Hellburners, which were used in the 16th century, were similar in conceptual terms to the fireships of the ancient world. Thanks to gunpowder and advances in ship-building after the late medieval period, which meant that ships of greater size could be constructed, the destructive potential of these weapons increased exponentially.
No longer was their aim merely to set fire to an enemy fleet or dock, an effectively destructive act in itself – no, the explicit aim of a hellburner ship was to utterly obliterate as many ships as possible with an explosion of monstrous proportions.
The concept of the hellburner was developed by an Italian military engineer named Federigo Giambelli. He first approached the Spanish King Phillip II and offered him his services, but after his offer was rejected he set his sights on the Dutch court instead.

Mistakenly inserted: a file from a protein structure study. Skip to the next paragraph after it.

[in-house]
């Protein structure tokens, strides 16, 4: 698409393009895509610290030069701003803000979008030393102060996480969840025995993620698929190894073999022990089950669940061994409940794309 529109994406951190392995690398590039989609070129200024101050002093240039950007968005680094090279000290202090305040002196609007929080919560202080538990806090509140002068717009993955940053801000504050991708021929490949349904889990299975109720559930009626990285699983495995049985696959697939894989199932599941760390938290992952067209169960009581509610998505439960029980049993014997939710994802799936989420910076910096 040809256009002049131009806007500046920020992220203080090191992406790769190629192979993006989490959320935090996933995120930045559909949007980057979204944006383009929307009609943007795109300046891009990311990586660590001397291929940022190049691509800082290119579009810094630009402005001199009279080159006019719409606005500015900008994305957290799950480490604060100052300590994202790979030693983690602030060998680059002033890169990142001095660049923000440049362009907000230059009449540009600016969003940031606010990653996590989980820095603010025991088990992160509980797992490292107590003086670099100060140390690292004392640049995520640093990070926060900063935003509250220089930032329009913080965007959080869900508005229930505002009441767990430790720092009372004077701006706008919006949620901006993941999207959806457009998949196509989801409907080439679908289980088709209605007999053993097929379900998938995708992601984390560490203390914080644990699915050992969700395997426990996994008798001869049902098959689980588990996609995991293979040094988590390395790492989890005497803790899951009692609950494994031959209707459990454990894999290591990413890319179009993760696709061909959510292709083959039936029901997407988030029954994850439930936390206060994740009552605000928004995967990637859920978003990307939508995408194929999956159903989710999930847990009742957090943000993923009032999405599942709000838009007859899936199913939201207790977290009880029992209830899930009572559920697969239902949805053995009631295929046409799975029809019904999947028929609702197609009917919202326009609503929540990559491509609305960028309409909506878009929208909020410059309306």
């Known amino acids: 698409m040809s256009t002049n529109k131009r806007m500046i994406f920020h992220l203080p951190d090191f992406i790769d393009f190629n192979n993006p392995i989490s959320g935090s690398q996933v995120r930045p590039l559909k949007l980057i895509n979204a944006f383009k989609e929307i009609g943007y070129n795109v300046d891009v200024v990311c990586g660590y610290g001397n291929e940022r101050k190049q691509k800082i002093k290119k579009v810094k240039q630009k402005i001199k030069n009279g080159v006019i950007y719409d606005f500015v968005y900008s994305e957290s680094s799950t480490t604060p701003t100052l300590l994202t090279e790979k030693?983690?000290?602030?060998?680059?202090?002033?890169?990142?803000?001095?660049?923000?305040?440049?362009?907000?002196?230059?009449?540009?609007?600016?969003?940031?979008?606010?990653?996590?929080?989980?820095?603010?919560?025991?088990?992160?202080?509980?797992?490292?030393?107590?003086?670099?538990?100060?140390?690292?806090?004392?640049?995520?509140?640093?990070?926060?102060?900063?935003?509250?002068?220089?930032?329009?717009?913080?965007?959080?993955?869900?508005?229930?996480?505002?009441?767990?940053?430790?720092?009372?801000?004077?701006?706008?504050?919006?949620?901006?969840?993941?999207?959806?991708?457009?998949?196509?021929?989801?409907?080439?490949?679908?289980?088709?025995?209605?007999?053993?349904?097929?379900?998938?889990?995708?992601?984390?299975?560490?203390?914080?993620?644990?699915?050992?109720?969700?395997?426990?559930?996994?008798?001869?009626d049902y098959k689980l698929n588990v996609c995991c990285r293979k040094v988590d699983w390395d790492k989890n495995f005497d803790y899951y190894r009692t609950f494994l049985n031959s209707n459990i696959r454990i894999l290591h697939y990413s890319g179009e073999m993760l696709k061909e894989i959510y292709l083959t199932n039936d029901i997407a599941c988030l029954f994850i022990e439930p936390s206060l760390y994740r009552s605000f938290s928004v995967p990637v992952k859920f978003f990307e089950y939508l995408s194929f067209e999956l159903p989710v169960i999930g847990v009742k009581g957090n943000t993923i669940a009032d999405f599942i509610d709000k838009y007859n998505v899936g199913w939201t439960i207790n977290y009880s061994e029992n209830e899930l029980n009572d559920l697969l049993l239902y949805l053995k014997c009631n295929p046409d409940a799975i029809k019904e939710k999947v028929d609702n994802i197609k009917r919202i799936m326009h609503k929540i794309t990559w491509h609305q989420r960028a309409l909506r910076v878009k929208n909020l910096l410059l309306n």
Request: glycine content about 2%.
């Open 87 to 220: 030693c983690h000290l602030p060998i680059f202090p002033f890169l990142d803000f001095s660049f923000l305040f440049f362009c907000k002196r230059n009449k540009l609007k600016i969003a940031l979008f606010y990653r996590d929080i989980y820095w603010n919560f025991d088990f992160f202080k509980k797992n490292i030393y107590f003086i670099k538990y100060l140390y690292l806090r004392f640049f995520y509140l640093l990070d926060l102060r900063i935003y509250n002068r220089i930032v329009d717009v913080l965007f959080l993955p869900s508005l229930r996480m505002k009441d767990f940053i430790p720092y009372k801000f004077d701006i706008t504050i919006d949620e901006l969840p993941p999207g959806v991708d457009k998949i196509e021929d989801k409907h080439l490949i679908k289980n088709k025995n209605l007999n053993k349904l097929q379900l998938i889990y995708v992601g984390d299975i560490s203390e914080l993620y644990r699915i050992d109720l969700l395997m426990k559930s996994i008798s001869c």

At Antwerp he was welcomed with open arms, and, as the Dutch had just begun what was to be the Eighty Years’ War against Spain, Giambelli was able to put his talents to use right away. He had vowed to take vengeance against the Spanish, who had spurned his offer of service, and what better way to get revenge than by destroying their ships?
Giambelli first outlined his design for a hellburner ship in 1585. At this time the Spanish had used their ships to create a blockade across the River Scheldt, which connected Antwerp to the ocean. Unless the blockade was broken, the city would be starved into submission. Giambelli, it turned out, had a perfect idea for how to smash through the blockade.
His plan was simple, yet it would turn out to be brutally effective. He asked the Dutch for three ships to turn into weapons – weapons of mass destruction. Unsure of how feasible his somewhat outlandish plan was, they gave him only two ships which were smaller than he had hoped for: a pair of old merchant ships called Fortune and Hope.